Aspirin is a medicine commonly used to relieve pain, reduce swelling and reduce a
high temperature. It also makes the blood less sticky so it is less likely to form a clot. This information sheet from Great Ormond Street Hospital describes aspirin, how it is given and some of its possible side effects.In adults, aspirin is often given to people with heart problems because of this action.

Aspirin should not be given to children aged under 16 unless on the advice of a doctor. This is because there is a very small risk that children can develop a condition called Reye’s syndrome if they are given aspirin when they have a viral illness. In many cases, your doctor will advise that your child takes aspirin despite this risk, because the chance of developing a blood clot is greater than the risk of developing Reye’s syndrome.

How is it given?

Aspirin is available in many forms, but we usually use dispersible tablets that come in 75mg strength.

The dose should be taken once a day after food. Disperse the tablet(s) in a small amount of water and give it to your child to drink or use an oral syringe to squirt the dose gently into the side of your child’s mouth.

If your child needs a proportion of the tablet, disperse it in a specific volume of water (for instance 10mls) and then draw up the correct proportion of the liquid using the oral syringe provided. These instructions will be on the medicine label.

For example, if your child needs to take a 50mg dose each day:

  • disperse a 75mg tablet in 15mls of water
  • draw up 10mls of the liquid and give to your child
  • throw the rest of the liquid away

Who should not take aspirin (contraindications)?

People with the following conditions should discuss taking aspirin with their doctor:

  • pregnancy or potential pregnancy, planning to become pregnant or breastfeeding
  • allergy to aspirin or its ingredients, salicylates or non-steroidal anti-inflammatory drugs (NSAIDs)
  • stomach problems, especially a history of gastro-intestinal bleeding
  • clotting disorder
  • asthma
  • G6PD deficiency: high dose aspirin

What are the side effects?

  • Bleeding or bruising – You may notice that your child tends to bleed or bruise more easily than previously. This is due to the anti-clotting property of aspirin.
  • Bronchospasm, shortness of breath or wheezing – If this becomes worse after your child starts taking aspirin, please tell us. Some children are short of breath or wheezy because of their existing condition.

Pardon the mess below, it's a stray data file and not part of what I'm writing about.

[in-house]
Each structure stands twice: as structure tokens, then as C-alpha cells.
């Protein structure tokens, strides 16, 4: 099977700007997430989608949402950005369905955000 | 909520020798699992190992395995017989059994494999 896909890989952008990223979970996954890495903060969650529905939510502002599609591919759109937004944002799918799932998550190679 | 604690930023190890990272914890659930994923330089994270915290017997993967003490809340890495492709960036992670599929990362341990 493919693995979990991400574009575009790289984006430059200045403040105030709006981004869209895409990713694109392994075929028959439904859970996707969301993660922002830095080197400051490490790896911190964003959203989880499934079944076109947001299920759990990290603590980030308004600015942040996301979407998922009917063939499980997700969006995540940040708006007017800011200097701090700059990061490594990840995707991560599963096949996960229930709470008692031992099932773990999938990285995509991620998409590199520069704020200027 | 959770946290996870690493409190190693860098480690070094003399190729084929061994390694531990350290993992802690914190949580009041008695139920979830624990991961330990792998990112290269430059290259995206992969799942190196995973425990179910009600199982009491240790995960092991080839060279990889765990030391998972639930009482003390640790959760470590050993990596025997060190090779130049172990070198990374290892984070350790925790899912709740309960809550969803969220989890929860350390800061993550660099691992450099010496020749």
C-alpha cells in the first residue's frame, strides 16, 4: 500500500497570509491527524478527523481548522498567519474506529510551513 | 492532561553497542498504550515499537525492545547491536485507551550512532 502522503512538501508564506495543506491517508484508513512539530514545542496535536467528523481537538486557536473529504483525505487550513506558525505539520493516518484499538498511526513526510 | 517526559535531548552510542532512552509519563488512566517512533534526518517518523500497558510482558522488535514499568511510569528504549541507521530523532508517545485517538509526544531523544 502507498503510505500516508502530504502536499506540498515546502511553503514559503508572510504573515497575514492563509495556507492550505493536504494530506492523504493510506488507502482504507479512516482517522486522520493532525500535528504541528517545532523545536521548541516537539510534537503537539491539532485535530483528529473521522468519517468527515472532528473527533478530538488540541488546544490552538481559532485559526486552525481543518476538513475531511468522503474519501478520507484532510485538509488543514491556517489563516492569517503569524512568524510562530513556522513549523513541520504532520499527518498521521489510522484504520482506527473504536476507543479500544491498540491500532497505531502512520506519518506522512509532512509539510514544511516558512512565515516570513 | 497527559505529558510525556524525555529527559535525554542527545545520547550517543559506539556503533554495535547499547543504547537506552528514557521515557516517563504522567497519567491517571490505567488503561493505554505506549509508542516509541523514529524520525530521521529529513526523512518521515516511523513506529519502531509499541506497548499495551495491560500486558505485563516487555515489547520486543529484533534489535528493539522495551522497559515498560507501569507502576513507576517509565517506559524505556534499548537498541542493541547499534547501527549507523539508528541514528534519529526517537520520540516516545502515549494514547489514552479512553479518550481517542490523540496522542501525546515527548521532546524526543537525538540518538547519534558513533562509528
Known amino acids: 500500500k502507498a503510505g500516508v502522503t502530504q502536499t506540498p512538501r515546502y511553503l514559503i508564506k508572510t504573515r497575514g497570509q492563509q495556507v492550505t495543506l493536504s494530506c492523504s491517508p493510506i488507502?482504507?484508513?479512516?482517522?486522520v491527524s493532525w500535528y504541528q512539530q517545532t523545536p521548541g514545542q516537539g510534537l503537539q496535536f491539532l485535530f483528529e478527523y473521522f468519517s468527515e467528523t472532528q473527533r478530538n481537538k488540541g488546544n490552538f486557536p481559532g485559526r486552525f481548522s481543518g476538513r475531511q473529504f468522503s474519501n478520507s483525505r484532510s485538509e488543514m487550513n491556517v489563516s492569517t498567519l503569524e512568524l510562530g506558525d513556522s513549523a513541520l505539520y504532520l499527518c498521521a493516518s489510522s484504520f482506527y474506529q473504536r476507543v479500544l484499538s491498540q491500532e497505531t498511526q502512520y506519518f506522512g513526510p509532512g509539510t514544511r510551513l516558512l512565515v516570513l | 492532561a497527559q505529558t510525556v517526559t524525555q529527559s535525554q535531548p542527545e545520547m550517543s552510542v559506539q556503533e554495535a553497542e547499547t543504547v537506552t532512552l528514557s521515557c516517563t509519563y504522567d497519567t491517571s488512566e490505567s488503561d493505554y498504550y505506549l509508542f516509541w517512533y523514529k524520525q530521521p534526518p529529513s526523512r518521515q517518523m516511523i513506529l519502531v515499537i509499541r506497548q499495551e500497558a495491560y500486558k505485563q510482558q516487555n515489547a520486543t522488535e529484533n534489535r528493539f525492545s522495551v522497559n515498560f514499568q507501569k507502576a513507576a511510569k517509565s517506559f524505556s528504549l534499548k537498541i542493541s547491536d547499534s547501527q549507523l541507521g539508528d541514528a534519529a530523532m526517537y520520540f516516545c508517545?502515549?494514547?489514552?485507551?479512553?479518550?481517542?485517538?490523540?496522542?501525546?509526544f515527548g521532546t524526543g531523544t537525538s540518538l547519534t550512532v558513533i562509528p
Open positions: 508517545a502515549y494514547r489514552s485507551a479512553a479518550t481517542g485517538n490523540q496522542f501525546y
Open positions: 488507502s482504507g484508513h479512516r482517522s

• Stomach ache or ulcer – Aspirin can irritate the lining of the stomach. This can be helped by always taking the dose after food. If your child has serious stomach pains, please tell us. 
If you are concerned about any of these side effects, please discuss them with your doctor.

Aspirin and other medicines

Some medicines can react with aspirin, making their effects stronger or weaker. Always check with your doctor or pharmacist before giving your child any other medicines, including herbal or complementary medicines. The following are known to react with aspirin, but can be safely given with low anti-platelet doses of aspirin

  • Anti-coagulant medicines to prevent blood clots forming
  • Diuretic tablets to reduce fluid in the body
  • Other non-steroidal anti-inflammatory (NSAIDs) medicines, such as ibuprofen
  • Some anti-epileptic medicines
  • ACE inhibitors
Please discuss with your doctor or pharmacist before giving them to your child.

If your child is taking aspirin regularly, he or she can also take paracetamol to reduce pain and high temperatures when needed.

Important Information

  • Keep tablets in a safe place where children cannot reach them.
  • If your doctor decides to stop treatment with aspirin, return any unused tablets to the pharmacist. Do not flush them down the toilet or throw them away.
  • If you forget to give your child a dose, give it as soon as you remember. Do not give a double dose.
  • If your child vomits after taking the tablet, do not give a double dose.
Compiled by:
The Pharmacy department in collaboration with the Child and Family Information Group
Last review date:
January 2018